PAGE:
Demand for warehousing space rockets as online shopping grows
10 September 2018 - 12:46 by Graham Miller
The rapid growth of online shopping has led to a rocketing growth in an aligned physical sector - that of warehousing. In fact, property research consultancy CBRE has found that commercial warehouse space demand has almost doubled in the past decade as a result.
Between 2007 and 2018, around 235 million square feet of warehouse storage space was snapped up by commercial renters and buyers - which equates to over 3,000 football stadiums. Just ten years earlier, the figure stood at around 130 million sq ft. Now, around 60pc of warehouse space is used by retail businesses, driven by the demand and availability of safe shopping online and changing patterns of leisure.
CBRE researcher, Andrew Marston, said that the growth in demand was unprecedented and driven by online retail businesses, which were rapidly working to grow their distribution networks. Blended businesses such as Aldi and Lidl also played a key role, operating through physical premises primarily but growing into online sales in the case of Aldi.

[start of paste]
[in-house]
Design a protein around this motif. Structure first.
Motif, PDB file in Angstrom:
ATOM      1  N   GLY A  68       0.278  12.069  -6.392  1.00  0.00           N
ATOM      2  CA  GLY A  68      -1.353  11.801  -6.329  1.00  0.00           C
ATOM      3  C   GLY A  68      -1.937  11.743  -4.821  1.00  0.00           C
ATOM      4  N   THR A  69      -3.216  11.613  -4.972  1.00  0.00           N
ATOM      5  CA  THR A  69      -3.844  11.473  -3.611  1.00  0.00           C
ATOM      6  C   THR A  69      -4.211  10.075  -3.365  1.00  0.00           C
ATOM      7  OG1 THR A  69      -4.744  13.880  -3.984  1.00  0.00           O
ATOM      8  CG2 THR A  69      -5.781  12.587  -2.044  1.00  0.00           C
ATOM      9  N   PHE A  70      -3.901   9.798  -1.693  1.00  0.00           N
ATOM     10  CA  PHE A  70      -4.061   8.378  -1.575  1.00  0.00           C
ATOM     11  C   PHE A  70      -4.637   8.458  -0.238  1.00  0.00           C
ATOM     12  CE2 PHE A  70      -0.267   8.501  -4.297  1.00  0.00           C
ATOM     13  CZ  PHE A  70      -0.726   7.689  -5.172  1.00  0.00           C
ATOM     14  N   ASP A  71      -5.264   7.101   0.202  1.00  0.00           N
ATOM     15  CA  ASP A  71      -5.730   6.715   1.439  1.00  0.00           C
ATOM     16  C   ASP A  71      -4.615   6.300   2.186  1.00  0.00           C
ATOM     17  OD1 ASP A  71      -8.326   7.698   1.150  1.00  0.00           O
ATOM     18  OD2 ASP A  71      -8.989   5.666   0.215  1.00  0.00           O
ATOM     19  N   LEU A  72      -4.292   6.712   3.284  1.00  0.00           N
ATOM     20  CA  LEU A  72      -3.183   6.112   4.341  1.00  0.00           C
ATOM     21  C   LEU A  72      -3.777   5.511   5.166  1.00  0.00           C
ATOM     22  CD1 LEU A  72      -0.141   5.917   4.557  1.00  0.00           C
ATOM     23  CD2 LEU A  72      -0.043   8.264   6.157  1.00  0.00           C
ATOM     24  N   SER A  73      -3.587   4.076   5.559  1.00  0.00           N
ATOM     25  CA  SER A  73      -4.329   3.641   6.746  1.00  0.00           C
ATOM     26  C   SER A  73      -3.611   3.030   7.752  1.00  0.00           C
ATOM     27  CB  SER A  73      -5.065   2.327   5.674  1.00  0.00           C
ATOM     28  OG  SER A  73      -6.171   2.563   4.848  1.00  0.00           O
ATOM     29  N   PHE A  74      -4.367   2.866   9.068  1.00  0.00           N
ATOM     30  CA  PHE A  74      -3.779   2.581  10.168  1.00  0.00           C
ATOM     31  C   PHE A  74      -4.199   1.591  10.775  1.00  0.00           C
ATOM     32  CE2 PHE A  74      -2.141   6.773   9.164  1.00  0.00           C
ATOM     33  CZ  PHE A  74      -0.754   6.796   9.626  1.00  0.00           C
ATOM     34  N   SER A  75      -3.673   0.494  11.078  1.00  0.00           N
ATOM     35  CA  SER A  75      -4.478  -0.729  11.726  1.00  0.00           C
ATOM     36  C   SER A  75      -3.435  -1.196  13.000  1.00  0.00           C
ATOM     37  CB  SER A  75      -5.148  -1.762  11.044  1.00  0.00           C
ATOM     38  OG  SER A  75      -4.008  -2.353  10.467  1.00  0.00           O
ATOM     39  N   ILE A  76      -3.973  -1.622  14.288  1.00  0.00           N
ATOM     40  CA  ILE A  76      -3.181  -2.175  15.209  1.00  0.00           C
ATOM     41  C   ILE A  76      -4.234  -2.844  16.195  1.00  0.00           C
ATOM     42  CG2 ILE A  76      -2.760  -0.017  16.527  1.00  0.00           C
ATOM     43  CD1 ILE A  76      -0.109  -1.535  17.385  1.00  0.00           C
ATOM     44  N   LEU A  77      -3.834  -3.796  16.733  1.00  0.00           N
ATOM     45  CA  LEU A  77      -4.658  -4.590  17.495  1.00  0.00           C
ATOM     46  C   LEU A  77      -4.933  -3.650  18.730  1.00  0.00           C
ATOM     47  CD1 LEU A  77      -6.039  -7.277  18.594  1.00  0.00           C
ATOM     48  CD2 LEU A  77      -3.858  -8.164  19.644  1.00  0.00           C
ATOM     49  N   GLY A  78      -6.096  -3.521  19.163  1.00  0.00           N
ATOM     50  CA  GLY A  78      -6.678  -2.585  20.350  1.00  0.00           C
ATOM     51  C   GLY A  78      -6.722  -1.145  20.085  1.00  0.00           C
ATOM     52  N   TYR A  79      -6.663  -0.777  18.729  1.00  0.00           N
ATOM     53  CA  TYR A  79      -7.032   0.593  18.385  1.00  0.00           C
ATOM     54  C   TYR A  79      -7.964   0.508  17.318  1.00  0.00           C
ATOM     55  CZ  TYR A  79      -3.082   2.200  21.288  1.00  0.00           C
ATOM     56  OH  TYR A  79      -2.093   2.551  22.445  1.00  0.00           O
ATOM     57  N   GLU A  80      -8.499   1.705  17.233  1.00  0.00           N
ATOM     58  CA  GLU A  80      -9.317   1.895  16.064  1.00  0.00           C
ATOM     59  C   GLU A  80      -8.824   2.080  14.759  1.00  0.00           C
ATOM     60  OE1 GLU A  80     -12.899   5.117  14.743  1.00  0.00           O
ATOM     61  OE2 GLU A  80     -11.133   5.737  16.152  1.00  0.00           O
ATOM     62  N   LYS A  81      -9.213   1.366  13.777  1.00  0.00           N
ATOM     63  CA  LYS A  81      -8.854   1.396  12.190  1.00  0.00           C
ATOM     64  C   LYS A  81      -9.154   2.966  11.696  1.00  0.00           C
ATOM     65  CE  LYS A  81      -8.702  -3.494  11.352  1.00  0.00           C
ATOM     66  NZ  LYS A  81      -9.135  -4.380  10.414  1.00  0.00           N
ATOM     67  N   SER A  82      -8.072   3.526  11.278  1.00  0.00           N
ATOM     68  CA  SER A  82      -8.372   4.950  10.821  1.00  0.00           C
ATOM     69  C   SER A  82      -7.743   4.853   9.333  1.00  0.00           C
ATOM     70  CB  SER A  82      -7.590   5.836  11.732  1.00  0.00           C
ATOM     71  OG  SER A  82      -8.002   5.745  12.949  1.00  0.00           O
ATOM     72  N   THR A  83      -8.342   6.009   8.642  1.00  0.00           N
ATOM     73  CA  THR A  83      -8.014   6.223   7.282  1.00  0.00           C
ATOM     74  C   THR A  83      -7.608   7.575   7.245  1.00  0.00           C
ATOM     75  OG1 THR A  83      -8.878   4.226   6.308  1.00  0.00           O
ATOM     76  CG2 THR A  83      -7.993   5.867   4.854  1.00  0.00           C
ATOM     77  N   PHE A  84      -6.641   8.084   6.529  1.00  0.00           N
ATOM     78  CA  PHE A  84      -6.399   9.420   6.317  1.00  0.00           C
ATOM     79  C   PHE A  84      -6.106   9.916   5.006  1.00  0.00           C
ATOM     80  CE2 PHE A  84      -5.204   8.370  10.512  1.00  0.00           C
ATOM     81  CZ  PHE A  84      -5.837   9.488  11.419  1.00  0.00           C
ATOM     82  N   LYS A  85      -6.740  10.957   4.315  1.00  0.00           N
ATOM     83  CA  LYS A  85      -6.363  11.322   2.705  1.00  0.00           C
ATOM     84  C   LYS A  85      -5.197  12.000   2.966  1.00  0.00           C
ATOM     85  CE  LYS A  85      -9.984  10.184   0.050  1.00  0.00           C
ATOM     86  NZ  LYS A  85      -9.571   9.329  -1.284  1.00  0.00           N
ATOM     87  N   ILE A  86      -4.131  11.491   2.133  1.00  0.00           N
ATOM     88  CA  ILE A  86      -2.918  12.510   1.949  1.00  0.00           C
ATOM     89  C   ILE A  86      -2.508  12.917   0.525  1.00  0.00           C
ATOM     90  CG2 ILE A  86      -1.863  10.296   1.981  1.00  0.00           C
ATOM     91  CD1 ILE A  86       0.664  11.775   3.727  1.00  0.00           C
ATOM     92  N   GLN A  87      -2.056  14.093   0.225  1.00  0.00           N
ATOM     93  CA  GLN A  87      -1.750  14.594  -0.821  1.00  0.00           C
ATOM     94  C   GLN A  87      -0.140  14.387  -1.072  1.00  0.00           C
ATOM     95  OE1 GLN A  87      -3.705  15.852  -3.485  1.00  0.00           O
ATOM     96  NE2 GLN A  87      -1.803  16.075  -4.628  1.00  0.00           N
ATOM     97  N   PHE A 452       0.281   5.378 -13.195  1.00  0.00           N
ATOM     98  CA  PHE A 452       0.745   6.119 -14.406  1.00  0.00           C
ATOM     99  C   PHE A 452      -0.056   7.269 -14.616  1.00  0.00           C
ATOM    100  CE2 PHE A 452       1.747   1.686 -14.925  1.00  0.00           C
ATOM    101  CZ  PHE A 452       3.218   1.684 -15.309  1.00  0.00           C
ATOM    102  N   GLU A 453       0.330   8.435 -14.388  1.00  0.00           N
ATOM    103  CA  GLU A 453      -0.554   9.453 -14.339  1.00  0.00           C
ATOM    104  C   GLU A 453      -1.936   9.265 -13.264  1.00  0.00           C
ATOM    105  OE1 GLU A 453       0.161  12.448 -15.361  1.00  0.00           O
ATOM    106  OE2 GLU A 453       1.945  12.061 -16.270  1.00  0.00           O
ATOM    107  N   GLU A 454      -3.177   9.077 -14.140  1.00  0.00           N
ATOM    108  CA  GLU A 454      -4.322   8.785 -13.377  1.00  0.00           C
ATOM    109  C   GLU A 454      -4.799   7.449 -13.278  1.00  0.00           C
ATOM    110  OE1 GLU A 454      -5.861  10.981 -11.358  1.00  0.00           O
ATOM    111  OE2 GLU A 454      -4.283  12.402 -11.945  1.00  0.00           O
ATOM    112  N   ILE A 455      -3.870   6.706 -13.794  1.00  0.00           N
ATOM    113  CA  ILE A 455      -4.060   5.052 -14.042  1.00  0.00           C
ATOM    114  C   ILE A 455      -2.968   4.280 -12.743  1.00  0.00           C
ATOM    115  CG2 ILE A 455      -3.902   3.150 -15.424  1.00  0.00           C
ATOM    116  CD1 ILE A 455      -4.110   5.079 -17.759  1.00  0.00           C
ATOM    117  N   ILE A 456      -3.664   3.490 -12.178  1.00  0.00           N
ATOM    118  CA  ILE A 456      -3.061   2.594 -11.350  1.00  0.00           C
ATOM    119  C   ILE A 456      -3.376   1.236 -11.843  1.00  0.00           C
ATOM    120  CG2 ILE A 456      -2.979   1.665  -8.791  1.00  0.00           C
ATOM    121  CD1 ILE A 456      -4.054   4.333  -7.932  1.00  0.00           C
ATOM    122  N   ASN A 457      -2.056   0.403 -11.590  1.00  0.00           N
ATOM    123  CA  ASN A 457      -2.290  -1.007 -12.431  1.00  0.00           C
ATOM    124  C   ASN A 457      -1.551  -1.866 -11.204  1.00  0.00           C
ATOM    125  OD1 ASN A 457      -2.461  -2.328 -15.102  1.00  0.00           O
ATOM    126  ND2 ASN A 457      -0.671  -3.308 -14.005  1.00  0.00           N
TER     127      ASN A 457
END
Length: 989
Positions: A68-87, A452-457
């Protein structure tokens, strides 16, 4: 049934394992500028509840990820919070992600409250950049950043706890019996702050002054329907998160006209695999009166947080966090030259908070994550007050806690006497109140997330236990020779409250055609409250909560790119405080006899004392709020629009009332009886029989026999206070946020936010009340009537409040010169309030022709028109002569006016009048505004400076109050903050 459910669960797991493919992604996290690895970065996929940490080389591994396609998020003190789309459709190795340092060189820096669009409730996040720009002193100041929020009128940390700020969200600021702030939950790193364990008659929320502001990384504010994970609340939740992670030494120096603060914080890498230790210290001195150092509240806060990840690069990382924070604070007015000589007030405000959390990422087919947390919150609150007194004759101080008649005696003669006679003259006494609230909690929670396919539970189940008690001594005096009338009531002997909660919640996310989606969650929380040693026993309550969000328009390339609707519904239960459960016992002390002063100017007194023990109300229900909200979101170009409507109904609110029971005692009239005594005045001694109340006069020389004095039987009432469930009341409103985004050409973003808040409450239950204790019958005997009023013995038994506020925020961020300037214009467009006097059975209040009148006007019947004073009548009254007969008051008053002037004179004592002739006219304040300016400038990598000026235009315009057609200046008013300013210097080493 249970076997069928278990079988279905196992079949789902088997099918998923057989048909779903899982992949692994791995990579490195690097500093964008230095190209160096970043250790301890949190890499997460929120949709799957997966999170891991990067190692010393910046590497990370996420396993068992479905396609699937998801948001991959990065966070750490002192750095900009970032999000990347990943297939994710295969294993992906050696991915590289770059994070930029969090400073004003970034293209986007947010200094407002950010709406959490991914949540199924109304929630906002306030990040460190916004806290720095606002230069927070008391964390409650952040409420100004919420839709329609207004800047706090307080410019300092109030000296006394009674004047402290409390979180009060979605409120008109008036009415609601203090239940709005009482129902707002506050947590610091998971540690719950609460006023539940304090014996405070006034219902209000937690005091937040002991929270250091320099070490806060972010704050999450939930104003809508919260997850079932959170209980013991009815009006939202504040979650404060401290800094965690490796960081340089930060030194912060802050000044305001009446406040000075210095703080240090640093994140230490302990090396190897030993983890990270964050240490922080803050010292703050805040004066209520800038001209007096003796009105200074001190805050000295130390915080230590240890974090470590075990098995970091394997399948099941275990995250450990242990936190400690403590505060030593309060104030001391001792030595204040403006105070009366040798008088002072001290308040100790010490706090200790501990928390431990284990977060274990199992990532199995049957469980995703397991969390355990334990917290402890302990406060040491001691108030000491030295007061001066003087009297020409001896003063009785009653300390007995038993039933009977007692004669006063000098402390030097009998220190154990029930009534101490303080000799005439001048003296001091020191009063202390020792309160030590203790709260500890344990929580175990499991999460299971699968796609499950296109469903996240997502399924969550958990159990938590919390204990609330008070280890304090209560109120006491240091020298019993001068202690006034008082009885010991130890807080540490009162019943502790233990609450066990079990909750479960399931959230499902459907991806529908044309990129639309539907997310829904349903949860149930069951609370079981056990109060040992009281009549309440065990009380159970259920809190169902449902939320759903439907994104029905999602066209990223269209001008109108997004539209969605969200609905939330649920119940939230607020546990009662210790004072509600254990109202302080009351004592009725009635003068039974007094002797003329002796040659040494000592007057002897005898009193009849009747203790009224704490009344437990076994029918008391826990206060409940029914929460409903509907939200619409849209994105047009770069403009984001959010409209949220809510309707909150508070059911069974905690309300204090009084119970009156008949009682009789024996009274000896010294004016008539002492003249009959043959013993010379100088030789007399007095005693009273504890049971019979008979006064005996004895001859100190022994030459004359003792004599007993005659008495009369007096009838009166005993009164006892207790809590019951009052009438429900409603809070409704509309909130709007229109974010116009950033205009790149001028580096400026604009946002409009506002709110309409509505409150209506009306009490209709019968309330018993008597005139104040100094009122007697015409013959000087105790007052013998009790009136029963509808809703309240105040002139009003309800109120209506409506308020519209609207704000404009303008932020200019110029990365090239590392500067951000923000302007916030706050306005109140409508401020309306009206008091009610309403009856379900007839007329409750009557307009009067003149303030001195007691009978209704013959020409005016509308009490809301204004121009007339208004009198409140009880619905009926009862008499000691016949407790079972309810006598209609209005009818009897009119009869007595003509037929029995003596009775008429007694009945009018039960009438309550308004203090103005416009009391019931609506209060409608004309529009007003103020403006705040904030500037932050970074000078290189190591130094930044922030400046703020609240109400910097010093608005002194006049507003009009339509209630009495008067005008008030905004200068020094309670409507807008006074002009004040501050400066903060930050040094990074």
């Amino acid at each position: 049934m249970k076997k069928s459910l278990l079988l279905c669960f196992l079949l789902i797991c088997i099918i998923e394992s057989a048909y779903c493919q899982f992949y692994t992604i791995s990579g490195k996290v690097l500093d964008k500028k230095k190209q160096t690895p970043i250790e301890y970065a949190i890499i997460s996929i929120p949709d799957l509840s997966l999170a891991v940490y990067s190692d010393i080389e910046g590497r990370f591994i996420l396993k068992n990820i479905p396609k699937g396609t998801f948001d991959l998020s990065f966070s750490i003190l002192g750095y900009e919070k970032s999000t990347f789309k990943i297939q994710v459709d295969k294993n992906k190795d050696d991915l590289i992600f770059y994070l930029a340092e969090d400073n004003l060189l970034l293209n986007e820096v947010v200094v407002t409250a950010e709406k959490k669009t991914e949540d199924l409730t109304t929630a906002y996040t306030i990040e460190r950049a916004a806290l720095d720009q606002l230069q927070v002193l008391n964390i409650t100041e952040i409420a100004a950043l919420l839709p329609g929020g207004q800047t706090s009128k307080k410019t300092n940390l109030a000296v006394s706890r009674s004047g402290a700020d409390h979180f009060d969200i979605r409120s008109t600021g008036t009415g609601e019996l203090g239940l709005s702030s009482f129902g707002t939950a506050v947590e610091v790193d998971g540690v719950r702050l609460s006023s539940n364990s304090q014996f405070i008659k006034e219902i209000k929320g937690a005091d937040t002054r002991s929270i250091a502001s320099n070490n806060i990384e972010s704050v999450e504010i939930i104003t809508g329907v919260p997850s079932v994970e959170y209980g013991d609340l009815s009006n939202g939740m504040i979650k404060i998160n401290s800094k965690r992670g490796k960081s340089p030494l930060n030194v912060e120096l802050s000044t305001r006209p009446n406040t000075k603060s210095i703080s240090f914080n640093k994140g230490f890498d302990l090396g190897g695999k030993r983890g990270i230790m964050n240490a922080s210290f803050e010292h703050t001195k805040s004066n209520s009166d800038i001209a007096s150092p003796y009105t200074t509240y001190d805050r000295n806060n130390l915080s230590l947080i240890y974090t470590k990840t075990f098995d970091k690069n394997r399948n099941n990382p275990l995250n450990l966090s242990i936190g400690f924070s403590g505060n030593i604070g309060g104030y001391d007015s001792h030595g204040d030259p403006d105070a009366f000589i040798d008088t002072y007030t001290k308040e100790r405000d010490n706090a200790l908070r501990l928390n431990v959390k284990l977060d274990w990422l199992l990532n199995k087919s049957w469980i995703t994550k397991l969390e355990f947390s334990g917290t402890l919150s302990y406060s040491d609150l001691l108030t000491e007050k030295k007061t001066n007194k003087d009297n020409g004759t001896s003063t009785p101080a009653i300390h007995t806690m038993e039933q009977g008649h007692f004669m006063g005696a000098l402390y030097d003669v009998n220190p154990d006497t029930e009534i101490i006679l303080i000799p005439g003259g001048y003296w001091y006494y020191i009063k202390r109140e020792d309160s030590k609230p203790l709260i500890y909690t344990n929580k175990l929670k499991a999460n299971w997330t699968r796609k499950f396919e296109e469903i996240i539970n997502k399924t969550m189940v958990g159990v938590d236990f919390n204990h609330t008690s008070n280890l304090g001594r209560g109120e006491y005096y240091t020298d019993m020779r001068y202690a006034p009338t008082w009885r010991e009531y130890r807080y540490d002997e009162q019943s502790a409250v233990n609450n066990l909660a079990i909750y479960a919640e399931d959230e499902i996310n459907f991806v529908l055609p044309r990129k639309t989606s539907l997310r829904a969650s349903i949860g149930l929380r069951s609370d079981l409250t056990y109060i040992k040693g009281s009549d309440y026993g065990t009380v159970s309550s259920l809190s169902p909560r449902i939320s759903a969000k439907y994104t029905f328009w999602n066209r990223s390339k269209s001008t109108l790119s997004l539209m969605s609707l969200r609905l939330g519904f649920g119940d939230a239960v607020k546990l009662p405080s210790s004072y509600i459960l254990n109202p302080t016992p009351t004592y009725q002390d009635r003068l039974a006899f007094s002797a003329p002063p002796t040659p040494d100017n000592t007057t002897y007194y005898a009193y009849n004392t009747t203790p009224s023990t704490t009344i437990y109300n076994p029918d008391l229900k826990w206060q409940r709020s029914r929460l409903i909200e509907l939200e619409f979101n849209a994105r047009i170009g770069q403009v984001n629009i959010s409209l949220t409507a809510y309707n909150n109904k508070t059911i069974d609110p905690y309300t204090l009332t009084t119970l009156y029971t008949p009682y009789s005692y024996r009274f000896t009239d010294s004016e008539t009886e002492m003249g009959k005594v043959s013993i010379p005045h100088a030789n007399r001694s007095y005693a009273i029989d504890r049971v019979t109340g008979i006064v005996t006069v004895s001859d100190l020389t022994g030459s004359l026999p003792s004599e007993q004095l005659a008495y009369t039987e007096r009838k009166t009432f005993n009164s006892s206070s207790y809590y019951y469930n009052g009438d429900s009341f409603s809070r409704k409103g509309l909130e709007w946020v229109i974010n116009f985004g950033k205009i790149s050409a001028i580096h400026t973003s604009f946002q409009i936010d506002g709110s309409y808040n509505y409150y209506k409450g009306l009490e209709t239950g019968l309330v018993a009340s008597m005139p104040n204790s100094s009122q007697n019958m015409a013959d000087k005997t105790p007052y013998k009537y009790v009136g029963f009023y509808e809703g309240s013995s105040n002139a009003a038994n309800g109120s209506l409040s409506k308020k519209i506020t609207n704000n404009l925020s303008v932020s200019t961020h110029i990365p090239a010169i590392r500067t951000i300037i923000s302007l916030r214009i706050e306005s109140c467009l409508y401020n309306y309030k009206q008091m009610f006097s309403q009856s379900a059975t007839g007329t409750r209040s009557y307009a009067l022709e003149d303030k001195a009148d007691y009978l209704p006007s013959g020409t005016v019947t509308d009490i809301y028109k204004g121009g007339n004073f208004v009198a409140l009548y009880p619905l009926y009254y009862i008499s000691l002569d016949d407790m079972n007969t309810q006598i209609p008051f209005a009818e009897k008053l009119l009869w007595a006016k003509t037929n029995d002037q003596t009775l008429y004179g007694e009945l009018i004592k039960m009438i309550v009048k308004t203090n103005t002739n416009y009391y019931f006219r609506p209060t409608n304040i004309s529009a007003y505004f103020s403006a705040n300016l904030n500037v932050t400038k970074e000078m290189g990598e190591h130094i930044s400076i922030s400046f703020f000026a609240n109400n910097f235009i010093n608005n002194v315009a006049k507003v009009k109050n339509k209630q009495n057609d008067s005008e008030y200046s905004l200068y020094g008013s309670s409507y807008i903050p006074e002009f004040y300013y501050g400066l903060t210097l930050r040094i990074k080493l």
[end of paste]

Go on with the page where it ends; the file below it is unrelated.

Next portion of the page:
One area of the UK particularly benefiting from the trend is the East Midlands, which holds the main rail and road connections through key large counties; Derbyshire, Northamptonshire and Leicestershire. It is now known as the Golden Triangle of logistics and is located in a place where 90pc of the English and Welsh population can be reached in four hours or less. This will be of particular interest to businesses offering same or next day delivery, such as Amazon.
Big brands investing in the area's warehousing include Marks and Spencer, with a local £200m fulfilment warehouse, Asda, Disney and Tesco. DHL Express also has a warehouse with 900 staff who work overnight to process almost 200,000 parcels for overseas buyers - again, driven by online shopping and the demand of e-commerce. The boom shows no sign of slowing either, offering positive news to industrial areas and warehousing spaces across the UK for years to come.